Although SprintCity is ‘merely’ a planning support tool, it provides a setting based on reality, where key stakeholders and decision-makers can make well-rounded, informed decisions based on collaboration and long-term planning visions. More specifically, SprintCity highlights the interaction between mobility and spatial development, identifying the opportunities for development around existing rail infrastructures and improving high frequency transport services. It is a means to help improve the coordination and collaboration amongst various stakeholders, and allows rail networks to play a more central role in the planning of (new) developments.
With this in mind, SprintCity offers developing metropolitan areas a tool that can facilitate rapid urban expansion and densification around existing train stations, enhance accessibility, minimise problems related to congestion and suburban sprawl, improve social equality (by improving accessibility to employment and services), increase the use of public transportation, maximise efficiency and organise short-term objectives within a long-term scope of master planning.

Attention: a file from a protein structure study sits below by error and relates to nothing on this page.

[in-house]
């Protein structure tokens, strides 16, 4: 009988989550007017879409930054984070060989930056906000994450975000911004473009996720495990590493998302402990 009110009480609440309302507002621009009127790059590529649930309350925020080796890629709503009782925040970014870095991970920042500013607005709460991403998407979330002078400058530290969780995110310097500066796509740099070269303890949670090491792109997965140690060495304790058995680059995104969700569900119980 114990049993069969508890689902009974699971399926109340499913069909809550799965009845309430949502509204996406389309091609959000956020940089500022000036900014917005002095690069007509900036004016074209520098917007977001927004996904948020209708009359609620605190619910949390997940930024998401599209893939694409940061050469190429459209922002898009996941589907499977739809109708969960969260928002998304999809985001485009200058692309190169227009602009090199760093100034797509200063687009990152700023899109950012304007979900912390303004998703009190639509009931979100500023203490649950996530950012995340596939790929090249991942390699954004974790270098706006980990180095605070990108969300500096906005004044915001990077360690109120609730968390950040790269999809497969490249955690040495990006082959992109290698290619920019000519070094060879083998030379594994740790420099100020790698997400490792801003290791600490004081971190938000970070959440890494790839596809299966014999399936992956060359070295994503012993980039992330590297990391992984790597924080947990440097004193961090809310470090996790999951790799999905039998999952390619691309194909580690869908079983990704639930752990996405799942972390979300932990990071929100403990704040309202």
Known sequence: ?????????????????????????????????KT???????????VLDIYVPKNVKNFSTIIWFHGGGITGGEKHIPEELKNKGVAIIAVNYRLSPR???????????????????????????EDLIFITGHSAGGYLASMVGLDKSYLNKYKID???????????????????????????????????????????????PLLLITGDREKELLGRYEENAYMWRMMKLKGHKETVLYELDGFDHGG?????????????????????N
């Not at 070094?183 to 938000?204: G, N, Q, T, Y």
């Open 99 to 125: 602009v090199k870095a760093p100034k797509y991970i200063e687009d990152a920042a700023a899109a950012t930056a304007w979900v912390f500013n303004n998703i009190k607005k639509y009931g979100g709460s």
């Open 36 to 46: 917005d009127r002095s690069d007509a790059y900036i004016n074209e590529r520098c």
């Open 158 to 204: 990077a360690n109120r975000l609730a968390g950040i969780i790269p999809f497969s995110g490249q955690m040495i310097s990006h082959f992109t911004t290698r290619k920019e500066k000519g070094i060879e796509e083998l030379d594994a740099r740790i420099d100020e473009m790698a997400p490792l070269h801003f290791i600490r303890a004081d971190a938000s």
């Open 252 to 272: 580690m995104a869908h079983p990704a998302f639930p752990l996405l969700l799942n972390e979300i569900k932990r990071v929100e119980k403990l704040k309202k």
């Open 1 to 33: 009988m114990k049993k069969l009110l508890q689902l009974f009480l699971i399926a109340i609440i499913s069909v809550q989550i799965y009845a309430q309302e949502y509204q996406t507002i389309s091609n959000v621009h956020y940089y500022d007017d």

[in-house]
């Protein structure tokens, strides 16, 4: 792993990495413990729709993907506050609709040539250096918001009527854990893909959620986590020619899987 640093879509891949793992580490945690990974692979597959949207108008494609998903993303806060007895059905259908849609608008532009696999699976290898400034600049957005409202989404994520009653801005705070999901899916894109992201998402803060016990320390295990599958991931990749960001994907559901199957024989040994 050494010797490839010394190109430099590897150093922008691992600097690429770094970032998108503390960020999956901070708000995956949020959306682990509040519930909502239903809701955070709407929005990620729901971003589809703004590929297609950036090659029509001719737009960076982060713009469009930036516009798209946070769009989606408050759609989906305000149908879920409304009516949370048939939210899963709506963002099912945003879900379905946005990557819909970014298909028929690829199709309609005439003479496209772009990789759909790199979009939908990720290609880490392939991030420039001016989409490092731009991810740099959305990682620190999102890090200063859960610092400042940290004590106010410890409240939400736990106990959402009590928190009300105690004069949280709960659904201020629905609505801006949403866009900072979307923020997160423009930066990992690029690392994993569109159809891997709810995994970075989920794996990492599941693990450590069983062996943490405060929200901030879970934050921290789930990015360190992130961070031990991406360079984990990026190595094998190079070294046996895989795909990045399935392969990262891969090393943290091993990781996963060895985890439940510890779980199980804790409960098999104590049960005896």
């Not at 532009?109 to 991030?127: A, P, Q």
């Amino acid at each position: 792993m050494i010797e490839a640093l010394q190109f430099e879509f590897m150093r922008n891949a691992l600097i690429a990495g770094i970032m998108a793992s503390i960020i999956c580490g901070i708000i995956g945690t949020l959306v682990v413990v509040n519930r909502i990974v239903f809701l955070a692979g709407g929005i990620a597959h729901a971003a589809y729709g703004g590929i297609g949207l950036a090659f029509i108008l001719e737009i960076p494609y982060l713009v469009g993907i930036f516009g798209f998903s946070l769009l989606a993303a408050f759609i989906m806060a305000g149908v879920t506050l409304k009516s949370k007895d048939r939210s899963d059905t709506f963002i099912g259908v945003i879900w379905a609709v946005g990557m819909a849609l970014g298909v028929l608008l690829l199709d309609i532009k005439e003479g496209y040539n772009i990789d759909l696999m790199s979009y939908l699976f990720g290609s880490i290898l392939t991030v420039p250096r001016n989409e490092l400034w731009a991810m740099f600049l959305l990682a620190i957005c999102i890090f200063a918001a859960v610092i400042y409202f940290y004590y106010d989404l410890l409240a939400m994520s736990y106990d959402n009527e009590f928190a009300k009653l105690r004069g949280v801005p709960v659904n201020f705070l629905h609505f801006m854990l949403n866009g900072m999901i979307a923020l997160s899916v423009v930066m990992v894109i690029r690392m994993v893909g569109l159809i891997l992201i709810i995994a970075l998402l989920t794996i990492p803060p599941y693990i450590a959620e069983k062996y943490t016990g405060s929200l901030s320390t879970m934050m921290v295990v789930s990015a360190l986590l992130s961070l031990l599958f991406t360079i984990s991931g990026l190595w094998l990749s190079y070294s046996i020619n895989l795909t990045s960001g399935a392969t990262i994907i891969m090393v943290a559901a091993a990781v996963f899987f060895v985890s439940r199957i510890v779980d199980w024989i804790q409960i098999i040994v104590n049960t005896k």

For more information and the latest updates on SprintCity, click here.
About Inge Hartkoorn
Inge Hartkoorn is Research Assistant for the RTPI’s Future Proofing Society Centenary project, which focusses on the climate change and demographic change challenges facing the UK. Her interests include urban development and design, community empowerment, migration and (ageing) populations, and the role that planning can play to accommodate for the needs that resonate from them. In conjunction with her work at the RTPI, she works for the Deltametropolis Association: an association dedicated to the sustainable development of the Randstad city-region in the Netherlands. You can follow Inge on Twitter: @ichy84
 This number can vary depending on the size and needs of each corridor.